There are three components of fish pie that keep the dish close to British hearts.
A silky, rich béchamel sauce, meaty chunks of perfectly cooked seafood and a well-seasoned, often cheesy, crust of volcanically-hot mashed potato on top.
If your mouth isn’t a well of saliva right now, then you’ve clearly never had a good fish pie.
And it’s thanks to such creamy indulgence and simplicity that the dish is the epitome of top tier comfort food.
But as evidently popular and well-known as this humble heart-warmer is now, the beginnings of fish pie remains as much a mystery as the deepest corners of the sea.
History of fish pie
The origin story of fish pie is largely built on guesswork rather than solid evidence.
One plausible line of thought suggests that the meal derives from Roman influence and was developed after Julius Caesar’s military expedition to Britain in 55 BC.
Although Roman diets largely consisted of vegetables, legumes, grains, eggs, cheeses and fruit, fish was also eaten and allegedly consumed by the Romans on Fridays in honour of Venus, the goddess of love, beauty and fertility.
Historians regard this custom, and the Christian tradition of eating fish on Good Friday, as the ignition for Britain’s obsession with seafood.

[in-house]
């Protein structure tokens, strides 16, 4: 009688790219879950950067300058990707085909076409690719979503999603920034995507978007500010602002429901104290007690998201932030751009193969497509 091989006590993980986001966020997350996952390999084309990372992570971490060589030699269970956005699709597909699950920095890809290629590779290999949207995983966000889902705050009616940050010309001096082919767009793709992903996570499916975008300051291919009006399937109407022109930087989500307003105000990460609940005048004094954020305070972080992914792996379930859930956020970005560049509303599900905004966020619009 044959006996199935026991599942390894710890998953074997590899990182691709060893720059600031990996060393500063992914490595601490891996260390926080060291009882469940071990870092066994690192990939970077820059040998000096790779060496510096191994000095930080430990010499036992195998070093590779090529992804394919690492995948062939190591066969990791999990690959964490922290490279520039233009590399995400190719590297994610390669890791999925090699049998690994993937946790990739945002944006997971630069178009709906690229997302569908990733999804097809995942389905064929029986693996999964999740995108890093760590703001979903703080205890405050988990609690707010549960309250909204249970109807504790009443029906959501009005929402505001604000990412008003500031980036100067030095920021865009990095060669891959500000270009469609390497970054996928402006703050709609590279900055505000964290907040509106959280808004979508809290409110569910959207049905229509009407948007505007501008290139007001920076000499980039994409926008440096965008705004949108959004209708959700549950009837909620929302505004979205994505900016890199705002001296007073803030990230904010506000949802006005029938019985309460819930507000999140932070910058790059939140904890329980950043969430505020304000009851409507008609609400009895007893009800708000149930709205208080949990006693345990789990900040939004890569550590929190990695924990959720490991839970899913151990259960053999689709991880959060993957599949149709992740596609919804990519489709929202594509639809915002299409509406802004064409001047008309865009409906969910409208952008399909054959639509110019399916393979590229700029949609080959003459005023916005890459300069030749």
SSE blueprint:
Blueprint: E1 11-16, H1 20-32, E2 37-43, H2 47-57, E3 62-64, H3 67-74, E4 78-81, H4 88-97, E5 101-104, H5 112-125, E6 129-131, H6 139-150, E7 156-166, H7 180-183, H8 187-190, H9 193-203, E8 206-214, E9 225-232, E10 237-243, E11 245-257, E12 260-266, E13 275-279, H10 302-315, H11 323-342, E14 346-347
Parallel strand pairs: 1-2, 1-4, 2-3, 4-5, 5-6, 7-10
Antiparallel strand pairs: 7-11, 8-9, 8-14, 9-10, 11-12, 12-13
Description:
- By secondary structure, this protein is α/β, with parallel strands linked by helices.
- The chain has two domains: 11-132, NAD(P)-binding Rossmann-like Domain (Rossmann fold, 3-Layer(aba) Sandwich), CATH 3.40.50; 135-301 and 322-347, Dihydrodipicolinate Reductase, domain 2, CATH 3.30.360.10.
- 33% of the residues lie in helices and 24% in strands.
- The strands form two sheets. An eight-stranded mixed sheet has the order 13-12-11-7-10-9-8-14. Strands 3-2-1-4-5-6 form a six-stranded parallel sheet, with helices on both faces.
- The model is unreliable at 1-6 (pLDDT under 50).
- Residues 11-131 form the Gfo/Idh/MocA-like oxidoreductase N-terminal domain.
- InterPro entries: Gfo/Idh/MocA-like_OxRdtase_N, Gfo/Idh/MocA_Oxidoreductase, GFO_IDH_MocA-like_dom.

Lent is another Christian custom which had a profound influence on our fish consumption and is also said to have played a part in the evolution of fish pie.
According to Steve Dunn, associate editor of Cook’s Illustrated, fish pie probably originated as a Lenten meal made with seafood scraps, eaten as a substitute for meat.
More traditional pastry-based fish pies have been documented as a meal enjoyed during Lent too; in the 14th century, King Edward III allegedly received pies with 100 herrings in them during the fasting period from the people of Yarmouth.
Other early forms of fish pie include eel and carp varieties which appear in John Murrell’s 1615, A New Booke of Cookerie and the lamprey pies devoured by King Henry I, who allegedly died from overeating them.
Perhaps not the cheddar-topped, haddock-stuffed meal families enjoy today but certainly an important step toward the current edition.
One potential predecessor of fish pie which hasn’t been mentioned thus far is Stargazy pie, a traditional Cornish dish steeped in unusual folklore.
Five hundred years ago, on a cold and stormy eve in the Cornish village of Mousehole, the sea was so violent that no fish could be caught for the community.
Unable to watch the village starve, fisherman Tom Bawcock braved the elements and brought home a catch so large that no one went hungry.
According to the legend, seven types of fish were used in the pies made: sand eels, horse mackerel, pilchards, herring, dogfish, ling and an unknown seventh fish.
Modern versions of this pie are made with eggs and potato, complete with seven fish heads poking out the crust.
What to serve with fish pie
If you are wondering what to serve with fish pie, a perfect combination would be a white wine sauce, and smoked applewood mash with a choice of nutritious veggies (we recommend green beans).
Filled with flaky chunks of premium salmon and white fish, Hey Fresto!’s version of fish pie oozes with flavours of the sea and is finished in a creamy, white wine and leek sauce.
Moving away from the dishes of English kings and Cornish villagers, our fish pie is topped with an incredible smoked applewood mash, complete with a dill and lemon crumb.
Take a look at this mouth-watering meal in more depth and savour the taste of this classic.